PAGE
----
Glyphosate Concerns and Relevant Research

Does glyphosate cause cancer?

Recently the International Agency for Research on Cancer (IARC) arm of the World Health Organization announced it has listed glyphosate as 2A “probably carcinogenic".

Have other countries have banned glyphosate?

The answer to this one is tricky because yes, there are some countries that have banned glyphosate for specific uses but not an outright ban of glyphosate completely. For example, there have been headlines that Columbia banned glyphosate, but closer examination reveals that Columbia only banned aerial applications of glyphosate on illegal coca fields. France also banned glyphosate but only for over-the-counter sales in nurseries. It is worth noting that none of the world's leading agricultural countries have enacted bans on glyphosate.

Has California listed glyphosate as carcinogenic?

There is a proposed action that has not been completed yet to require manufacturers of glyphosate based herbicides to list the IARC's classification on the label for those products. California has some of the strictest pesticide/herbicide laws in the nation. If passed, this action will not change the sale or use of glyphosate in the state but the container label will have to show the IARC's 2A classification. As of 10/1/2015 the comment period for the proposed action has been extended through 10/20/2015.

Does glyphosate exposure cause resistance to antibiotics?

There is very little research at this stage and too early to make a determination one way or another. As with everything it is going to depend on exposure, how long and what kind. Below is the first research on this topic.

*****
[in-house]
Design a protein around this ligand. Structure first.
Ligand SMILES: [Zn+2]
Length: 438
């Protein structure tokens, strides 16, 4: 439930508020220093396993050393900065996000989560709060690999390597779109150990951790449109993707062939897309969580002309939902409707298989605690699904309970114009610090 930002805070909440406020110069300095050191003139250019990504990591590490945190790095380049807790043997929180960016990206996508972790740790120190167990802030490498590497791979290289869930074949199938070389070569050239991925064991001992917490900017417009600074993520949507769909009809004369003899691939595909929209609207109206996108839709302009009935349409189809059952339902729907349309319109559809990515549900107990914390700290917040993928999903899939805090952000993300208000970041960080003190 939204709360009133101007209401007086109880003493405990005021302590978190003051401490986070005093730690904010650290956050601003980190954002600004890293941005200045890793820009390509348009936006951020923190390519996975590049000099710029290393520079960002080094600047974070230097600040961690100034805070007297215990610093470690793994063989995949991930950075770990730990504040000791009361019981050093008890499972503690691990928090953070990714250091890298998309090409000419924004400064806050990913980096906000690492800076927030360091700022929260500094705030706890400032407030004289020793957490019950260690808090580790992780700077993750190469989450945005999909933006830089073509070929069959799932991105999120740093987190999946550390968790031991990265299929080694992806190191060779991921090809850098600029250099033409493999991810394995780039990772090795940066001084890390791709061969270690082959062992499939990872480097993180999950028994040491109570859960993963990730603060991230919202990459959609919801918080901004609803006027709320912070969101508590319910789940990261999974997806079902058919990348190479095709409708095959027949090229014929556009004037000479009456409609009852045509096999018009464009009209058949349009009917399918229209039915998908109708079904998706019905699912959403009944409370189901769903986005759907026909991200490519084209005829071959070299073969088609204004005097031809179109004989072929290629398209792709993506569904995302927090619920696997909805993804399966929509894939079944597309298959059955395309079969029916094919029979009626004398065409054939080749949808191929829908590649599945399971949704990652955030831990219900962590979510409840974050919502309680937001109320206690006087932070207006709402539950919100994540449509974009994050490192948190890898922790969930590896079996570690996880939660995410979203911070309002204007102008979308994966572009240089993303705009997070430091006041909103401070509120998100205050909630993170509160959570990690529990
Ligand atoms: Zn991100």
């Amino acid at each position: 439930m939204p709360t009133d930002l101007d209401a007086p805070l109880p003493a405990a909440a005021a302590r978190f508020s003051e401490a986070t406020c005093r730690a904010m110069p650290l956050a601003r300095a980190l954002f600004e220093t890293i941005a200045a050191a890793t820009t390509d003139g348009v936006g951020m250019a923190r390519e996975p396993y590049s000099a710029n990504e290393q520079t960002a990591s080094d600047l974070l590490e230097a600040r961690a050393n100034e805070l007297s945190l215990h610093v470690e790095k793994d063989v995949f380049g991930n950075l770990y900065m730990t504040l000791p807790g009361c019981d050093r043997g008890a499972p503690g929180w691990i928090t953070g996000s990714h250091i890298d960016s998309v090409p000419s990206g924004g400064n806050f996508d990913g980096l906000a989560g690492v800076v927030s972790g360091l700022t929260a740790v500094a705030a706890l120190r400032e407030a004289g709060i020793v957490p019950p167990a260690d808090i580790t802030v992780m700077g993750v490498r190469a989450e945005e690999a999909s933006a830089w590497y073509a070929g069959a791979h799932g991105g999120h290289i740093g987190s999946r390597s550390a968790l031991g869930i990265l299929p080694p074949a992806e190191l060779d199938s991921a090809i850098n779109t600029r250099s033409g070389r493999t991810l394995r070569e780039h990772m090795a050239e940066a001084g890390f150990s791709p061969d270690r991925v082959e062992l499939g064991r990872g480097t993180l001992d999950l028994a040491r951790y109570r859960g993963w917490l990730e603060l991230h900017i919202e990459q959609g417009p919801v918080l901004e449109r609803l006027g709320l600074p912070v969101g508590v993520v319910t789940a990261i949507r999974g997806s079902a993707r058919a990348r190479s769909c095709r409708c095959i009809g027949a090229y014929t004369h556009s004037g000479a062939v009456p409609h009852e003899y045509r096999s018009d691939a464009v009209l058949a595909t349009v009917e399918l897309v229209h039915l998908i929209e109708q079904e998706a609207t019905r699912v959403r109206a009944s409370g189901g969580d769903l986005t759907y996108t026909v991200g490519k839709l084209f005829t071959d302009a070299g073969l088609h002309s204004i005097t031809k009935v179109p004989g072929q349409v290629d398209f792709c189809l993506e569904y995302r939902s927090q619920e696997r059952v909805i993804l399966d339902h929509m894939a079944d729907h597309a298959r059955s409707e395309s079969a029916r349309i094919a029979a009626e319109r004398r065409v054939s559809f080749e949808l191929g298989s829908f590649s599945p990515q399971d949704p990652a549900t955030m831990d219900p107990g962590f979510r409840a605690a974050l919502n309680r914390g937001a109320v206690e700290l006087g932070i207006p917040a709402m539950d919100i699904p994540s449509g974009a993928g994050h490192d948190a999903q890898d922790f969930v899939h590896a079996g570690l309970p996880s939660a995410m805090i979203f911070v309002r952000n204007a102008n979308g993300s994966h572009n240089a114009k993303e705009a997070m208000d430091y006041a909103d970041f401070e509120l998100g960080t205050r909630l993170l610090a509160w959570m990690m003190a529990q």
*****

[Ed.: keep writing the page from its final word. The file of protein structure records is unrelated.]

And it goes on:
Does glyphosate kill bees and monarchs?

Glyphosate does not directly kill bees or monarchs. Glyphosate and herbicides in general usually do little harm directly to animals. The real issue is agricultural practices that are removing host or food plants for these insects, either by habitat destruction to produce more agricultural land or by the overuse/overspray of herbicides killing the foraging plants. There are some products with label warnings urging caution around some animals and in some locations. Please keep in mind that for buffelgrass mitigation, land managers use very different procedures for applying herbicide than in agricultural settings.

In closing, be cognizant of the source of the information you are reading. If you are reading an online article (on Facebook, a blog, an ezine, etc) look for citations to the original research. If there are no citations or source links, be skeptical of the information. Examine the source link as well, often times articles are copied verbatim from another source (often without citations as well). Finding and Reading the original ariticles or research will help you make informed decisions.

Retrieved from the Arizona-Sonora Desert Museum web site on 05-26-2024